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Theatre / Arms and the Man

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Original 1894 production

Arms and the Man is a comedic play first performed in 1894, written by George Bernard Shaw.

It tells the tale of a young Bulgarian lady named Raina Petkoff, whose fiance is an officer in the Serbo-Bulgarian War. One night, a Swiss officer working for the Serbs takes refuge from the battle in her bedroom. Hilarity Ensues. And that's just the first act. Things get even crazier when, after the war, Raina's fiance Sergius returns from the war and begins a kinda-sorta love affair with her maid, Louka, and Captain Bluntschli returns in peacetime, welcomed as an honored guest by Raina's father, even though he has no idea the two already know each other.

Actors who have appeared in productions include Laurence Olivier in 1944 (as Sergius) and Marlon Brando in his last stage production (also as Sergius). It has received several screen adaptations, including a 1989 BBC television version with Helena Bonham Carter as Rania and a 1958 German film, Arms and the Man.

This show includes examples of:

  • Beta Couple: Sergius and Louka
  • Commedia dell'Arte:
    • Raina is the Innamorata
    • Sergius is the Captain who initially seems like the Innamorato; Bluntschli is basically the opposite
    • Nicola is a Brighella
    • Louka bears resemblance to the Colombina
  • Deadpan Snarker: Nicola
  • Defeat by Modesty: When Bluntschli escapes into Raina's bedroom at the beginning of the play, he offers the fact that she will be seen in her nightgown as a reason she shouldn't call out to the soldiers outside and give him up for capture.
  • Dirty Coward: Examined through the behavior of both Bluntschli and Sergius
  • Duel to the Death: Also deconstructed. Sergius challenges Bluntschli to one. As Bluntschli is the one in the position to choose the weapon used for the duel, he suggests machine guns, frightening Sergius out of his challenge.
  • Deconstructor Fleet: The play was written to debunk any and all romantic notions of love and war for its audience.
  • Fake Ultimate Hero: Sergius has a moment of stupidity and cowardice in battle whose lucky result makes people think of him as a hero.
  • Have a Gay Old Time: Lots of uses of the term "making love".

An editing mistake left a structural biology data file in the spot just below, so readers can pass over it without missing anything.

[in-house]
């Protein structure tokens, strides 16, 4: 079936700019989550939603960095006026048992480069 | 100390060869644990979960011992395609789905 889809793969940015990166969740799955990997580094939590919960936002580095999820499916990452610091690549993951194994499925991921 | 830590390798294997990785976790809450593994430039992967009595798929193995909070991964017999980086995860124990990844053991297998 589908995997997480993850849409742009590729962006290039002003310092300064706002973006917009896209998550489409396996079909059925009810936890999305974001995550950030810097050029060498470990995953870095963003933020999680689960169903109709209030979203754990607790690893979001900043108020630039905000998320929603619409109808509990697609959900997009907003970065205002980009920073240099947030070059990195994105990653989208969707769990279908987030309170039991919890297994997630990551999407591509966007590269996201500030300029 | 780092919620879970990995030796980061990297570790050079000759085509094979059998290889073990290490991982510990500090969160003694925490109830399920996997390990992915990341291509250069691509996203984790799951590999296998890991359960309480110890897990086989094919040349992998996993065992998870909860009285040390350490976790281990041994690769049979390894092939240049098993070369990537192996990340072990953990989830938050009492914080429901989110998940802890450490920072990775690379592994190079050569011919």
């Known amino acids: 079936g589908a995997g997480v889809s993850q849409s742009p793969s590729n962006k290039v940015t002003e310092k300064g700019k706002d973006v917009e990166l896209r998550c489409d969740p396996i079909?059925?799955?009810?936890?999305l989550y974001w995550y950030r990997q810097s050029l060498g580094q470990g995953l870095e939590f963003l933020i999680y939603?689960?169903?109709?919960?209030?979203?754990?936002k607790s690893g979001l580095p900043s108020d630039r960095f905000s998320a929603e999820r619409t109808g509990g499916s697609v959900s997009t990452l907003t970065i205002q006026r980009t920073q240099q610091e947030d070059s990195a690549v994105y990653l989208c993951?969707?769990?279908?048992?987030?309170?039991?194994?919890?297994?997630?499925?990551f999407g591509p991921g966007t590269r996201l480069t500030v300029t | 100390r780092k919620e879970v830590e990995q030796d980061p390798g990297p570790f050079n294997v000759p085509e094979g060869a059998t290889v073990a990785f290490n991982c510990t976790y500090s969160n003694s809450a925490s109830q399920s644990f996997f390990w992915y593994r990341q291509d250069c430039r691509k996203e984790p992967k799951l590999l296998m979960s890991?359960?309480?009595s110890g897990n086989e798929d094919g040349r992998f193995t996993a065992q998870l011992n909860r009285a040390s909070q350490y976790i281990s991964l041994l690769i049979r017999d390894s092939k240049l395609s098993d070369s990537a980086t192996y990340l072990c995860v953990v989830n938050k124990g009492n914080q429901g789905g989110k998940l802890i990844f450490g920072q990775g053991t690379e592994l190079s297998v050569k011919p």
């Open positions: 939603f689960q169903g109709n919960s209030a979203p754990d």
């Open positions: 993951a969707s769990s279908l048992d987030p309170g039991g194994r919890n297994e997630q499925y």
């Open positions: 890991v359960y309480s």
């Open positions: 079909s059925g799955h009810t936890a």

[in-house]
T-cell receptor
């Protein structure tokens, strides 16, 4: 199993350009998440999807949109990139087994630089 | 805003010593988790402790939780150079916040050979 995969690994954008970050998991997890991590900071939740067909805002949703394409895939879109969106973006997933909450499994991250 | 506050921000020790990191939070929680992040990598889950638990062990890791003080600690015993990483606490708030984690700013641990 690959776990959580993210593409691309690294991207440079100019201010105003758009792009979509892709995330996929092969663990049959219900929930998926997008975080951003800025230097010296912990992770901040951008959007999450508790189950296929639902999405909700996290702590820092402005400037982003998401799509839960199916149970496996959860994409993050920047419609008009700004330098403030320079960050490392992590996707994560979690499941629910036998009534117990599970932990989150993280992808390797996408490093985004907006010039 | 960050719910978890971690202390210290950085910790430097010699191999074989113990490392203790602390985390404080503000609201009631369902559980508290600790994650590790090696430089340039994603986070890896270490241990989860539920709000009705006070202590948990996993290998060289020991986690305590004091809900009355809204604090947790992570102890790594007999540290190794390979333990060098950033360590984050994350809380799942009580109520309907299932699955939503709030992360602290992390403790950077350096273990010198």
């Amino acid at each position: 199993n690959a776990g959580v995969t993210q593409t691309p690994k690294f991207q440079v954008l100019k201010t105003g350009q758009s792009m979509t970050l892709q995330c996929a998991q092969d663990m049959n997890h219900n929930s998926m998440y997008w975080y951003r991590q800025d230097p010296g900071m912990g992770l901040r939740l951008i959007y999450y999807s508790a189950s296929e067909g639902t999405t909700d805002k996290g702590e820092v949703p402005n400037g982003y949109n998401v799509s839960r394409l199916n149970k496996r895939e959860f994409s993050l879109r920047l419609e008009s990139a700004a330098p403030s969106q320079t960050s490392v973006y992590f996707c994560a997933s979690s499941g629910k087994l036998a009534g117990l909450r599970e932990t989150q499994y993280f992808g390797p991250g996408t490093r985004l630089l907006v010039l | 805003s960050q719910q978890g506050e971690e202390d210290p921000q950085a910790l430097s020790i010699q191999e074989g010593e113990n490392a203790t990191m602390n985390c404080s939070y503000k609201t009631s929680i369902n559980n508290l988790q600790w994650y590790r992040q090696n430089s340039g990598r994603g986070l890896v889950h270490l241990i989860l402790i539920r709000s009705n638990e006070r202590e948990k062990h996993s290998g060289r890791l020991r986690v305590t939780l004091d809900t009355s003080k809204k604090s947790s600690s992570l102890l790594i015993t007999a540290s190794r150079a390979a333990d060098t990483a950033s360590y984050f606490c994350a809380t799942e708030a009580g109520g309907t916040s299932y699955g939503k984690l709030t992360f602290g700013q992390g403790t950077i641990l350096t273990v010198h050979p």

• Hollywood Tactics: Used to examine why the obsession with chivalry was so damaging. Sorry, Sergius, charging straight toward a machine gun nest is not a good tactic. Not even if it works.
  • The Ingenue: Raina plays with this trope.
  • Jerk with a Heart of Gold: Sergius is immature, arrogant, and none too bright, but he's got a chivalrous side.
  • Large Ham: Sergius, as a character. Whether or not the actor playing him is this way, however, varies.
  • Literary Allusion Title: The title alludes to the first two words of the Aeneid.note 
  • Love Triangle: Two, as a matter of fact - Bluntschli/Raina/Sergius and Raina/Sergius/Louka.
  • Military Brat: Raina's father Paul is also a major in the Bulgarian army.
  • Non-Idle Rich: Bluntschli is the scion of an extremely wealthy hotel owning family in Switzerland, although as a boy, ran away into military service.
    • Of course, that's only if being a mercenary counts as military service. (You don't have to run away to join the military in Switzerland; there, the military joins YOU! all adult men are conscripted anyway).
  • Officer and a Gentleman: Captain Bluntschli
  • Private Military Contractors: Bluntschli is a mercenary
  • Ruritania: Although the play is set in an actual country during the backdrop of a real war, this trope is definitely in use, particularly in the scene where Raina brags about how advanced her family is by noting that they have the only library in Bulgaria and wash their hands on a somewhat frequent basis.
  • Sacred Hospitality: Raina gives this as the reason why she assists Bluntschli.
  • War Is Glorious: Deconstructed